MA Kids Dental Programs Move to the Head of the Class!

More than five years after filing a lawsuit against the state, HCFA and the Oral Health Advocacy Taskforce (OHAT) are happy to announce today that Massachusetts’ children’s dental programs have been given an ‘A’ by the Pew Children’s Dental Campaign.

HCFA could not be more excited by these survey results, which prove the state’s efforts to better children’s dental programs through improved management of Medicaid and expansion of access to school-based dental programs. A significant improvement from last year’s C-rating, the state earned its top-rank based on streamlined administration, making payments to providers more quickly and the fact that Medicaid participants using dental services in Massachusetts has more than doubled. HCFA and OHAT are excited to see these improvements after filing the lawsuit in 2005, and we look forward to further advances we can make together.

Because families seek care as a unit, one of those next steps includes An Act to Restore MassHealth Adult Dental Benefits (S. 1079/H. 1529), which would grant more than $50 million to the MassHealth dental programs and eliminate the potential for untreated oral issues and diseases. At the minimum, we are seeking funding for some of Massachusetts’ most vulnerable populations, including the developmentally disabled, pregnant women and HIV/AIDS patients.

“‘A’ shouldn’t stand for all done,” Andy Snyder, a researcher in the Pew survey, told the Boston Globe. “When adults have dental coverage, they’re likely to seek care for themselves and also seek care for their kids.”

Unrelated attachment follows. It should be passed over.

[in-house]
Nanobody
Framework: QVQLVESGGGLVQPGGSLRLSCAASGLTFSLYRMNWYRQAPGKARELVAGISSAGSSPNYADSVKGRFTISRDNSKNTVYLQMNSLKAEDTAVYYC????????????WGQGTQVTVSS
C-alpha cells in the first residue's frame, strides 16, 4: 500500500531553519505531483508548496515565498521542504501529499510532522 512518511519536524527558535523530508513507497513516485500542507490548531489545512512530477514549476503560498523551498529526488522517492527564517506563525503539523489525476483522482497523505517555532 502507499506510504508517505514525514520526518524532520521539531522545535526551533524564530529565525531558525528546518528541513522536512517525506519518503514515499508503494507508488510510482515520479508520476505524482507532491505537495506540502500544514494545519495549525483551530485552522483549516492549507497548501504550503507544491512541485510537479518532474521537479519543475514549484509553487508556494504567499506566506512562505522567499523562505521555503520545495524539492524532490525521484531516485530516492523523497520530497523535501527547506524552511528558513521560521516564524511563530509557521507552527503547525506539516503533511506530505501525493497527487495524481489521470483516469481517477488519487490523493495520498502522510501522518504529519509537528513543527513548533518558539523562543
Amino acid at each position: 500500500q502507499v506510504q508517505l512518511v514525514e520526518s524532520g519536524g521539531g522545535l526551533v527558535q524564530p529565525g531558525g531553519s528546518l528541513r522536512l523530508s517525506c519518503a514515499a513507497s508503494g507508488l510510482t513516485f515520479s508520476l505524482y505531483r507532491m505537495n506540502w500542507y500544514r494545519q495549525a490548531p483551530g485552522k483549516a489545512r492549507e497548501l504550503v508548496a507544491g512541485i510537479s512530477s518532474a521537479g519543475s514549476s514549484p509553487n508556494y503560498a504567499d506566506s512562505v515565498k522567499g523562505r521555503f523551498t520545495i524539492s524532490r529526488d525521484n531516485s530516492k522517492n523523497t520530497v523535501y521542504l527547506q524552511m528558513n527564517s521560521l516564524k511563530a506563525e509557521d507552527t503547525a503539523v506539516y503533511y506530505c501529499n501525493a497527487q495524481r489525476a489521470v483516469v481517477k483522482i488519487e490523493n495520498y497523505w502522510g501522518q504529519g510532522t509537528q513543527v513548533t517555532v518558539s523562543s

OHAT members have ensured that state legislators know that overall health means proper oral health, so “health insurance” and “dental insurance” should be the same, too. In addition to Snyder’s claim that good oral health in adults means the same for kids, the New York Times also told us that cavities can be contagious, the U.S. Department of Health and Human Services told us that we must reduce the amount of dental decay and extractions by 2020, and countless patients have told us that their healthy diets and lifestyles are dependent on adequate oral health care. Obviously, providing restored benefits and improved quality care is important to everyone, both kids and adults alike.

HCFA is proud to have been a part of the transformation of the state’s dental care for children, but with this top-ranking for children’s programs, Massachusetts is part of the health-elite, once again, and it is time that adults get in on the action, too.

-Katy Capers

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